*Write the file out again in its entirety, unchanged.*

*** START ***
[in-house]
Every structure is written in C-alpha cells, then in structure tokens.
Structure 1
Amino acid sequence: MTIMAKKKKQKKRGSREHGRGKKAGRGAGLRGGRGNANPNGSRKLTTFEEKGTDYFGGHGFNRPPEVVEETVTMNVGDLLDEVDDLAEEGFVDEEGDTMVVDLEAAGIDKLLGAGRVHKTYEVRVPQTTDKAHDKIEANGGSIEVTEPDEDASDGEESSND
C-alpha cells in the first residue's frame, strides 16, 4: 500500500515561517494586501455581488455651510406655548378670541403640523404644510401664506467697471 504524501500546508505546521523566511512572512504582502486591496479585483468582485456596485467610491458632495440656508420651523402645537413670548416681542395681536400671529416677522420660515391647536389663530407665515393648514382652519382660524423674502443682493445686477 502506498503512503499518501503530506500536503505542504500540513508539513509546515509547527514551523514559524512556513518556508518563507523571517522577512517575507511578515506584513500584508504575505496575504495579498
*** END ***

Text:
[in-house]
Every structure is written in C-alpha cells, then in structure tokens.
Structure 1
Amino acid sequence: MTIMAKKKKQKKRGSREHGRGKKAGRGAGLRGGRGNANPNGSRKLTTFEEKGTDYFGGHGFNRPPEVVEETVTMNVGDLLDEVDDLAEEGFVDEEGDTMVVDLEAAGIDKLLGAGRVHKTYEVRVPQTTDKAHDKIEANGGSIEVTEPDEDASDGEESSND
C-alpha cells in the first residue's frame, strides 16, 4: 500500500515561517494586501455581488455651510406655548378670541403640523404644510401664506467697471 504524501500546508505546521523566511512572512504582502486591496479585483468582485456596485467610491458632495440656508420651523402645537413670548416681542395681536400671529416677522420660515391647536389663530407665515393648514382652519382660524423674502443682493445686477 502506498503512503499518501503530506500536503505542504500540513508539513509546515509547527514551523514559524512556513518556508518563507523571517522577512517575507511578515506584513500584508504575505496575504495579498